Molecular Breeding

, Volume 19, Issue 4, pp 291–296 | Cite as

Functional markers for xa5-mediated resistance in rice (Oryza sativa, L.)

  • Anjali S. Iyer-Pascuzzi
  • Susan R. McCouch


The recent cloning of several agronomically important genes has facilitated the development of functional markers. These markers reside within the target genes themselves and can be used with great reliability and efficiency to identify favorable alleles in a breeding program. Bacterial blight (BB) is a severe rice disease throughout the world that is controlled primarily through use of resistant cultivars. xa5 is a race-specific, recessive gene mediating resistance to BB. It is widely used in rice breeding programs throughout the tropics. Due to its recessive nature, phenotypic selection for xa5-mediated resistance is both slow and costly. Previously, marker assisted selection (MAS) for this resistance gene was not efficient because it involved markers that were only indirectly linked to xa5 and ran the risk of being separated from the trait by recombination. Recently, the cloning of the gene underlying this trait made it possible to develop functional markers. Here we present a set of CAPS markers for easy, quick and direct identification of cultivars or progeny carrying xa5-mediated resistance and provide evidence that these markers are 100% predictive of the presence of the xa5 allele. These markers are expected to enhance the reliability and cost-effectiveness of MAS for xa5-mediated resistance.


Bacterial blight Disease resistance Functional marker Plant improvement Marker assisted selection 



We thank Lois Swales for help with graphics and manuscript formatting. This work was supported by a USDA National Needs Fellowship in Molecular Plant Pathology no. 91-38420-6081 to AI-P and USDA NRI grant no. 2003-35301-13130.


  1. Andersen JR, Lubberstedt T (2003) Functional markers in plants. Trends Plant Sci 8:554–560PubMedCrossRefGoogle Scholar
  2. Blair MW, Garris AJ, Iyer AS, Chapman B, Kresovich S, McCouch SR (2003) High resolution genetic mapping and candidate gene identification at the xa5 locus for bacterial blight resistance in rice (Oryza sativa L.). Theor Appl Genet 107:62–73PubMedCrossRefGoogle Scholar
  3. Dubcovsky J (2004) Marker-assisted selection in public breeding programs: the wheat experience. Crop Sci 44:1895–1898CrossRefGoogle Scholar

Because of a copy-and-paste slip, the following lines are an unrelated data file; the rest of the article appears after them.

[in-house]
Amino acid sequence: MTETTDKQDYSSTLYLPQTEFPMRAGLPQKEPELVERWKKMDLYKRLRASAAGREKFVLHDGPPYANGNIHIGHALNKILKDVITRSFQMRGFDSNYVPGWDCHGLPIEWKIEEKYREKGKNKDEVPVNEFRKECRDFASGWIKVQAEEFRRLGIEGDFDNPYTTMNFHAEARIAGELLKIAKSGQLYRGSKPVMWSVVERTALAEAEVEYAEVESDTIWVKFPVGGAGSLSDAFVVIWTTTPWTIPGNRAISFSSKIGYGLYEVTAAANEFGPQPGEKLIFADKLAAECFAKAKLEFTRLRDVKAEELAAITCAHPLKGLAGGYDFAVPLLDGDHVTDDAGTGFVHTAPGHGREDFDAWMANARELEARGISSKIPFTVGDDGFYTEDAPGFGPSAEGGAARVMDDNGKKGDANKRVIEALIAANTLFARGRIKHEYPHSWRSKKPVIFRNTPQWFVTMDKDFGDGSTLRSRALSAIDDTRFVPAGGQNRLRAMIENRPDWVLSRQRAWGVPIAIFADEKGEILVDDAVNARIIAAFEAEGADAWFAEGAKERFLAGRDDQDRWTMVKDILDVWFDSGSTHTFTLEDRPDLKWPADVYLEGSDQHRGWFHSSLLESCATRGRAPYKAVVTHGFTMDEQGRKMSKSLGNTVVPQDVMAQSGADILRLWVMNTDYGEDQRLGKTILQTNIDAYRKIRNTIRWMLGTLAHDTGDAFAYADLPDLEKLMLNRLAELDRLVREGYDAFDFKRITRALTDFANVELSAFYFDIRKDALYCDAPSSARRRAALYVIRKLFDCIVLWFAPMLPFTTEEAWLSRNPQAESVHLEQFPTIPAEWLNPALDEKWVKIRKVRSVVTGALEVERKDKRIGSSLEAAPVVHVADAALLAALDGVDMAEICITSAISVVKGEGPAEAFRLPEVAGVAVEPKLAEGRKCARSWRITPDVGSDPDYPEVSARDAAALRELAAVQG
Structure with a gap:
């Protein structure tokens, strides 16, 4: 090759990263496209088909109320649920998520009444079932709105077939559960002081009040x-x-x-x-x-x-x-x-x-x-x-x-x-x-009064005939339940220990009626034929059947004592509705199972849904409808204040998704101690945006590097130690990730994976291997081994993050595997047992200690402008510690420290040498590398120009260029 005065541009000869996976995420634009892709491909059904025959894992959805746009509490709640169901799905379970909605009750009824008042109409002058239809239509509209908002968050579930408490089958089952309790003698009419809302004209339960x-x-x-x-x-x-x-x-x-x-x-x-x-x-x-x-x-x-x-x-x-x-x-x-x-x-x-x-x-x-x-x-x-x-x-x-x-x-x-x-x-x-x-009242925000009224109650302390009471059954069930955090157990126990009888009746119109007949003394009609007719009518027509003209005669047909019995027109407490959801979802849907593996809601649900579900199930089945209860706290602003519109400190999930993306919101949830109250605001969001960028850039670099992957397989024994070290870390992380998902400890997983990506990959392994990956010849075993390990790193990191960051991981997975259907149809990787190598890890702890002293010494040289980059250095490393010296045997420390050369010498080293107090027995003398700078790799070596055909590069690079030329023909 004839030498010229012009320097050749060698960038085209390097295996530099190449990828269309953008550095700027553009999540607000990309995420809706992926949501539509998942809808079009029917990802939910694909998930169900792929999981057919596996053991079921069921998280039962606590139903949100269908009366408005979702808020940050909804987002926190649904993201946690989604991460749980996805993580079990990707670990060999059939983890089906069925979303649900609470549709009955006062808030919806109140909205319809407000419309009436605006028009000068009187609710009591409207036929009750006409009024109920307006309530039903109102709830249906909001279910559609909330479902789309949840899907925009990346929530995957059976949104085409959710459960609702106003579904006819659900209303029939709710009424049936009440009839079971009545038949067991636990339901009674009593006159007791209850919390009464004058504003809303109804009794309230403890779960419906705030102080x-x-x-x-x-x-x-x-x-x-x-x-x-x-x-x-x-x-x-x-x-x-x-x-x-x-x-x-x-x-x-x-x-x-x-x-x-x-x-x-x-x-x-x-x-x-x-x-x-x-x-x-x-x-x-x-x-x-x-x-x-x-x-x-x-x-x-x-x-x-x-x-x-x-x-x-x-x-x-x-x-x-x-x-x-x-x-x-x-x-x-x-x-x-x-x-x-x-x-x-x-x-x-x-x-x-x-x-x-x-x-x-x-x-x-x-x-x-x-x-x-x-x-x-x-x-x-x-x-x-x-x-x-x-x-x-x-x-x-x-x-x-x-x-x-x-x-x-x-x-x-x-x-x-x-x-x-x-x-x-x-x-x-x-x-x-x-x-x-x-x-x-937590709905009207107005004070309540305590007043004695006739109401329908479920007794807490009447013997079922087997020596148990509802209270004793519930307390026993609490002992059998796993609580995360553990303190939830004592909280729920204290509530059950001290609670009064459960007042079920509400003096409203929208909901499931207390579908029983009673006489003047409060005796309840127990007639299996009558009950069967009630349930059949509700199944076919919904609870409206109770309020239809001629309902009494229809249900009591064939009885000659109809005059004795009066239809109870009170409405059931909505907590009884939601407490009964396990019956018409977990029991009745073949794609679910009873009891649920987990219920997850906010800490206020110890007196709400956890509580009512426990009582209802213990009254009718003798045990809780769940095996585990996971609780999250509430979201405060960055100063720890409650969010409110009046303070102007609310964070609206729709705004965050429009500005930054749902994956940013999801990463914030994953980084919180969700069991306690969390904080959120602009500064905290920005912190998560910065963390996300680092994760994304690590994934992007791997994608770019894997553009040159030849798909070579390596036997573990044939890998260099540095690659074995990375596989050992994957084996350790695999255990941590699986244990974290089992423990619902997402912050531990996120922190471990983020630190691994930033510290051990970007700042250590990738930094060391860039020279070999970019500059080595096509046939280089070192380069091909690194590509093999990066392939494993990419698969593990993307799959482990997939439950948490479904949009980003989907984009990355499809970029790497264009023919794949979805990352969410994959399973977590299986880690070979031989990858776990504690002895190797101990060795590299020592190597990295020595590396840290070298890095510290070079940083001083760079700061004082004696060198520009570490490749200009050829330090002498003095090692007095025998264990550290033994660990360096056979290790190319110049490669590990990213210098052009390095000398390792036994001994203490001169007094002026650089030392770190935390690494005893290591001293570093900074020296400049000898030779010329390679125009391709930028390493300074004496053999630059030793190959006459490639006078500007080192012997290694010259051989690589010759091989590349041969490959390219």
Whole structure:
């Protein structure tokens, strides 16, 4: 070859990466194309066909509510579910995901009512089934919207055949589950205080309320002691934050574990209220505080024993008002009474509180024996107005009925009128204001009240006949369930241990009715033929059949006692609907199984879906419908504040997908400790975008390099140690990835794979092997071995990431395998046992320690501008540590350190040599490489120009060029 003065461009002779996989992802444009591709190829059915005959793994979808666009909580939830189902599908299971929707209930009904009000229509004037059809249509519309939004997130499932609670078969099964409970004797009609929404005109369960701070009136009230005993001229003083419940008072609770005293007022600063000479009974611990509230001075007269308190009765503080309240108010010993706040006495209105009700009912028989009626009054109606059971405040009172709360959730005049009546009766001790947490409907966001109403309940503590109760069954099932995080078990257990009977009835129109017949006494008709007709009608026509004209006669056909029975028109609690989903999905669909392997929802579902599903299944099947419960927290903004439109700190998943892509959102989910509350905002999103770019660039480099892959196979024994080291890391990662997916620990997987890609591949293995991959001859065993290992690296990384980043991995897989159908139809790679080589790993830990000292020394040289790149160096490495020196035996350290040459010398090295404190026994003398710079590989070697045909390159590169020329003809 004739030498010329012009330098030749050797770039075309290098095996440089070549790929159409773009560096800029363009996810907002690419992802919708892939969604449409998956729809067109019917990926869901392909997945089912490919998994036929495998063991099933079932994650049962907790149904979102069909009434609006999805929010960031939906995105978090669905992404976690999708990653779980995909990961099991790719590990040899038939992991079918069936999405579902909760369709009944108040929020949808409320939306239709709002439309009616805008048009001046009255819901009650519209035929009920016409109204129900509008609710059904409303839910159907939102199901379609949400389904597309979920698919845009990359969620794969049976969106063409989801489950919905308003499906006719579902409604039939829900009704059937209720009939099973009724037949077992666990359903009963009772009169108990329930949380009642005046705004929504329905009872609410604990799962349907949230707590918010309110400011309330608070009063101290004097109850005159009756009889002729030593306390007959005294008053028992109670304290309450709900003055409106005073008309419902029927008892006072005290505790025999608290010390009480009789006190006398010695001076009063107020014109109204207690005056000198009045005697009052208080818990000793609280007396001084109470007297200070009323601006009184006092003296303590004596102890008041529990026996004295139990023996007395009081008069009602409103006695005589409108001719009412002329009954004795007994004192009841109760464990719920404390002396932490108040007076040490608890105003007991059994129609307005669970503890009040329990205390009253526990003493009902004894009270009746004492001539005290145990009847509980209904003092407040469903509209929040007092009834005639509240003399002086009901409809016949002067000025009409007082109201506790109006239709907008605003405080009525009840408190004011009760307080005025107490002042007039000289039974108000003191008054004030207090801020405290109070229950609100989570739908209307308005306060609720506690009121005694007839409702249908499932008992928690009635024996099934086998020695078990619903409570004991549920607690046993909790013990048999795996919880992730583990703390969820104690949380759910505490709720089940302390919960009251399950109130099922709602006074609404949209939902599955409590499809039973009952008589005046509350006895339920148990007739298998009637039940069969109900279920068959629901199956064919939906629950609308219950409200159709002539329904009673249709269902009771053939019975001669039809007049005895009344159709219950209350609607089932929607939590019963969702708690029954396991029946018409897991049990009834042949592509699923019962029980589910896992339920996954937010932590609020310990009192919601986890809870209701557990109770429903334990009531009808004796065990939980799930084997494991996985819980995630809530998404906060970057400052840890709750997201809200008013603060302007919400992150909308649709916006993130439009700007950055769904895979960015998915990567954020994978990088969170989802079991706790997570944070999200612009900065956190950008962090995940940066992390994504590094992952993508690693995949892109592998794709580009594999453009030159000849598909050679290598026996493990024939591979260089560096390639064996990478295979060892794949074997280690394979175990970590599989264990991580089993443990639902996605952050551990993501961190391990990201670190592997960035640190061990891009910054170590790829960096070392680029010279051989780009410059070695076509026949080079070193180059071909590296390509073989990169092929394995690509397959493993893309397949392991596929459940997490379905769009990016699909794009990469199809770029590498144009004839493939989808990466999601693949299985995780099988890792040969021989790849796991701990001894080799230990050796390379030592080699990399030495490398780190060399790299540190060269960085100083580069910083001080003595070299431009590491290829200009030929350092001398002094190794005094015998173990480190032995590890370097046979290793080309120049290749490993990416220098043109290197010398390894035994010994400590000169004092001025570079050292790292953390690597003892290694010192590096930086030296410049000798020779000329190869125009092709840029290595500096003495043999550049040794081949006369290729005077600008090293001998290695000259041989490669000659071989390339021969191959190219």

4. Garris AJ, McCouch SR, Kresovich S (2003) Population structure and its effect on haplotype diversity and linkage disequilibrium surrounding the xa5 locus of rice (Oryza sativa L.). Genetics 165:759–769PubMedGoogle Scholar
  5. Gnanamanickam S, Pryiyadarasani V, Narayanan N, Vasudevan P, Kavitha S (1999) An overview of bacterial blight disease of rice and strategies for management. Curr Sci 77:1435–1444Google Scholar
  6. Iyer AS, McCouch SR (2004) The rice bacterial blight resistance gene xa5 encodes a novel form of disease resistance. Mol Plant Microbe Interact 17:1348–1354PubMedGoogle Scholar
  7. Jia Y, Wang Z, Singh P (2002) Development of dominant rice blast Pi-ta resistance gene markers. Crop Sci 42:2145–2149CrossRefGoogle Scholar
  8. Jiang GH, Xia ZH, Zhou YL, Wan J, Li DY, Chen RS, Zhai WX, Zhu LH (2006) Testifying the rice bacterial blight resistance gene xa5 by genetic complementation and further analyzing xa5 (Xa5) in comparison with its homolog TFIIAgamma1. Mol Genet Genomics 275:354–366PubMedCrossRefGoogle Scholar
  9. Kauffman HE, Reddy APD, Ksiek SPV, Marca SD (1973) An improved technique for evaluating resistance of race varieties to Xanthomonas oryzae. Plant Disease Reporter 57:537–541Google Scholar
  10. Koebner RM, Summers RW (2003) 21st century wheat breeding: plot selection or plate detection? Trends Biotechnol 21:59–63PubMedCrossRefGoogle Scholar
  11. Konieczny A, Ausubel FM (1993) A procedure for mapping Arabidopsis mutations using co-dominant ecotype-specific PCR-based markers. Plant J 4:403–410PubMedCrossRefGoogle Scholar
  12. Ogawa T, Yamamoto T, Khush GS, Mew TW, Kaku H (1988) Near-isogenic lines as international differentials for resistance to bacterial blight of rice. Rice Genet Newslett 5:106–109Google Scholar
  13. Olufowote JO, Xu YB, Chen XL, Park WD, Beachell HM, Dilday RH, Goto M, McCouch SR (1997) Comparative evaluation of within-cultivar variation of rice (Oryza sativa L) using microsatellite and RFLP markers. Genome 40:370–378PubMedGoogle Scholar
  14. Singh S, Sidhu JS, Huang N, Vikal Y, Li Z, Brar DS, Dhaliwal HS, Khush GS (2001) Pyramiding three bacterial blight resistance genes (xa5, xa13 and Xa21) using marker-assisted selection into indica rice cultivar PR106. Theor Appl Genet 102:1011–1015CrossRefGoogle Scholar
  15. Toenniessen GH, O’Toole JC, DeVries J (2003) Advances in plant biotechnology and its adoption in developing countries. Curr Opin Plant Biol 6:191–198PubMedCrossRefGoogle Scholar
  16. Varshney RK, Graner A, Sorrells ME (2005) Genomics-assisted breeding for crop improvement. Trends Plant Sci 10:621–630PubMedCrossRefGoogle Scholar
  17. Yamanaka S, Nakamura I, Watanabe KN, Sato YI (2004) Identification of SNPs in the waxy gene among glutinous rice cultivars and their evolutionary significance during the domestication process of rice. Theor Appl Genet 108:1200–1204PubMedCrossRefGoogle Scholar
  18. Yoshimura S, Yoshimura A, Iwata N, McCouch SR, Abenes ML, Baraoidan MR, Mew TW, Nelson RJ (1995) Tagging and combining bacterial-blight resistance genes in rice using RAPD and RFLP markers. Mol Breed 1:375–387CrossRefGoogle Scholar

Copyright information

© Springer Science+Business Media B.V. 2007

Authors and Affiliations

  1. 1.Department of Plant Breeding and GeneticsCornell UniversityIthacaUSA
  2. 2.IthacaUSA

Personalised recommendations